What if you knew exactly when you would die?
Thanks to modern science, every human being has become a ticking genetic time bomb—males only live to age twenty-five, and females only live to age twenty. In this bleak landscape, young girls are kidnapped and forced into polygamous marriages to keep the population from dying out.
When sixteen-year-old Rhine Ellery is taken by the Gatherers to become a bride, she enters a world of wealth and privilege. Despite her husband Linden’s genuine love for her, and a tenuous trust among her sister wives, Rhine has one purpose: to escape—to find her twin brother and go home.
But Rhine has more to contend with than losing her freedom. Linden’s eccentric father is bent on finding an antidote to the genetic virus that is getting closer to taking his son, even if it means collecting corpses in order to test his experiments. With the help of Gabriel, a servant she trusts, Rhine attempts to break free, in the limted time she has left.
Discovery: I’d never heard of this book before I picked it up in April, along with Darkest Mercy.
+ Emotional depth. I think I’ve mentioned this before, but dystopians that deal with emotional issues tend to become my favourites. It was easy to get invested in Rhine’s problems and to feel her pain. What makes her dilemma more troubling is that it isn’t just about her: her brother, her twin, is out there and he’s alone. I have a younger brother and I can’t imagine the torment I would be suffering if I was ever forced to leave him in a dangerous place.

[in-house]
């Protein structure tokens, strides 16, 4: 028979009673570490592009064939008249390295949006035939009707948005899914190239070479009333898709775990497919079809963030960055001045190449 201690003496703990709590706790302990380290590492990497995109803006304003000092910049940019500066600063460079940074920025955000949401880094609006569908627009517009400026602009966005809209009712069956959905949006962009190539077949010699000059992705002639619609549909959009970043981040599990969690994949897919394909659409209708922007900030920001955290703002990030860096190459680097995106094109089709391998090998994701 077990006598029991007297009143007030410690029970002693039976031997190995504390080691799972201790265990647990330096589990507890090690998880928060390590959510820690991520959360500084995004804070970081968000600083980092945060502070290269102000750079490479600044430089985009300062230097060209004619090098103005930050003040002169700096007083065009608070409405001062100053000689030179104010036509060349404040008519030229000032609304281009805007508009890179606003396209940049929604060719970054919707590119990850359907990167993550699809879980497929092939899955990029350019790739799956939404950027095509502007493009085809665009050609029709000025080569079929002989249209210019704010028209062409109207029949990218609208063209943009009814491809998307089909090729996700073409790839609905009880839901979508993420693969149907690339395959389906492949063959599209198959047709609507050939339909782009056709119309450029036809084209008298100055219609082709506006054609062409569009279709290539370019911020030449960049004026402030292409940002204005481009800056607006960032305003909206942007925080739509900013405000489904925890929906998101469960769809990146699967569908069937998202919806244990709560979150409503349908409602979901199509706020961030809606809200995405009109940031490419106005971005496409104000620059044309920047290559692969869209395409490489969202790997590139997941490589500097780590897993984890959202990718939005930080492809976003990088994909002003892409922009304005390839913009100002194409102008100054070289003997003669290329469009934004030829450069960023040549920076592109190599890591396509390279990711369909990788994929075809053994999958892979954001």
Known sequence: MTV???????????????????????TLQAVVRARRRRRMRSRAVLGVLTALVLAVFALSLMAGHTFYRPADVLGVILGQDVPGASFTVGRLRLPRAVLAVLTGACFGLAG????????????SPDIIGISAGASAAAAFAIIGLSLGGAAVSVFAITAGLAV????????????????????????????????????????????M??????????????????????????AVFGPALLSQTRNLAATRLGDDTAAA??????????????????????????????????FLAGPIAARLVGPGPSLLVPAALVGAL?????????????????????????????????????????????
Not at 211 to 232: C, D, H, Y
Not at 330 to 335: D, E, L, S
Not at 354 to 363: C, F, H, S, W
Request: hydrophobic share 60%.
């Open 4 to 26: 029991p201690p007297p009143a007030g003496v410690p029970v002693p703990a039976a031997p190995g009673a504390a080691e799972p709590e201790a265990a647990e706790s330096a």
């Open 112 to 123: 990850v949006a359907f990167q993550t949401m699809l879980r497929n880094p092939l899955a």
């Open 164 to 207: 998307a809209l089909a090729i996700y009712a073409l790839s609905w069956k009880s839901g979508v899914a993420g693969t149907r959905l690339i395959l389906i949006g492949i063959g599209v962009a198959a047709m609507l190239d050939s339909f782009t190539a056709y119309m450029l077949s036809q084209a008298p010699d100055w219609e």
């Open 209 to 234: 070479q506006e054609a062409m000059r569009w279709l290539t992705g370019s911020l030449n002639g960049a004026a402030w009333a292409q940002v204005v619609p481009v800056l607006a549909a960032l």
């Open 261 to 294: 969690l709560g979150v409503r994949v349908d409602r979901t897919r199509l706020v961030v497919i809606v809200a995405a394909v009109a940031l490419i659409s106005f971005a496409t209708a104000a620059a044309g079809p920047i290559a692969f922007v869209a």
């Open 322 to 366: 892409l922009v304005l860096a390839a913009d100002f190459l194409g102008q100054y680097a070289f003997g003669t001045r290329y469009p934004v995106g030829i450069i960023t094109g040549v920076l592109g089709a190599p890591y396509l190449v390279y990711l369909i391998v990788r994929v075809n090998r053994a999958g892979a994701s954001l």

The weight of Linden’s admiration for Rhine is also heavy on her neck. It isn’t Linden’s fault that he was born wealthy, but neither is he completely blameless. Rhine is a teenager, for all intent and purposes, and it’s difficult enough navigating a love life without the pressures of procreation to deal with.
+ Gorgeous prose. This novel wouldn’t have succeeded in portraying those emotional turns without Lauren DeStefano’s brilliantly-nuanced prose. The places, people and emotions she writes about become breathing characters on the page, infecting the reader with an undeniable need to see them get what they deserve. The entire novel is an exercise in melancholia, but the writing style DeStefano works with prevents it from sinking into depression. It is a sad, sad world that Rhine lives in, and the reader learns to take hope in Rhine’s own clear determination and passion for a free life.
– Vague world-building. Geographically- and economically-speaking, I have no idea where Rhine is supposed to be living. I understand that she is taken from New York to Florida, but none of it makes sense. If anything, Florida would be one of the first places to fall to any natural disaster. The gifts and foods that she and the other girls are given wouldn’t be found locally, but in areas that are gone. If only America survived, where would they be getting these things? An endless stock supply?
Recommendations: Wither is a book that presents new things to ponder with each reread, but regular dystopian readers may also find plotholes that I hope will be resolved in the next two books.
Rating: Very good.
Next review: Circle of Fire, Michelle Zink
(I’m also giving away a copy! The giveaway is until August 21, so you have plenty of time to enter.)